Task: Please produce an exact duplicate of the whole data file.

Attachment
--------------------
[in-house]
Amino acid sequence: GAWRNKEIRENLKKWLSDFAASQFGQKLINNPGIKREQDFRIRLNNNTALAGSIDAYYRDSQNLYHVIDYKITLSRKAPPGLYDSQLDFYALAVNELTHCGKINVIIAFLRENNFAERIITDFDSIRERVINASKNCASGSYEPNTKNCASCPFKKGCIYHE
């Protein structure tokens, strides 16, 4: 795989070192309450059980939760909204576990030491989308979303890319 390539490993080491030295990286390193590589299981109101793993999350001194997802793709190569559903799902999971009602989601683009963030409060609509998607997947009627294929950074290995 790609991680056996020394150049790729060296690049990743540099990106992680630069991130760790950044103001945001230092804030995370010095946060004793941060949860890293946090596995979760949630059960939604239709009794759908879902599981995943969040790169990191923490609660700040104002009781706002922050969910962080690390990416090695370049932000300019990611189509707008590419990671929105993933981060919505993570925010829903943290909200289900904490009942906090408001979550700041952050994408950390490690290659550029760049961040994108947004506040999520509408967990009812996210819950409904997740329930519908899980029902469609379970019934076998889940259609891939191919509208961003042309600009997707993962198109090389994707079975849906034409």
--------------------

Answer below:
[in-house]
Amino acid sequence: GAWRNKEIRENLKKWLSDFAASQFGQKLINNPGIKREQDFRIRLNNNTALAGSIDAYYRDSQNLYHVIDYKITLSRKAPPGLYDSQLDFYALAVNELTHCGKINVIIAFLRENNFAERIITDFDSIRERVINASKNCASGSYEPNTKNCASCPFKKGCIYHE
């Protein structure tokens, strides 16, 4: 795989070192309450059980939760909204576990030491989308979303890319 390539490993080491030295990286390193590589299981109101793993999350001194997802793709190569559903799902999971009602989601683009963030409060609509998607997947009627294929950074290995 790609991680056996020394150049790729060296690049990743540099990106992680630069991130760790950044103001945001230092804030995370010095946060004793941060949860890293946090596995979760949630059960939604239709009794759908879902599981995943969040790169990191923490609660700040104002009781706002922050969910962080690390990416090695370049932000300019990611189509707008590419990671929105993933981060919505993570925010829903943290909200289900904490009942906090408001979550700041952050994408950390490690290659550029760049961040994108947004506040999520509408967990009812996210819950409904997740329930519908899980029902469609379970019934076998889940259609891939191919509208961003042309600009997707993962198109090389994707079975849906034409």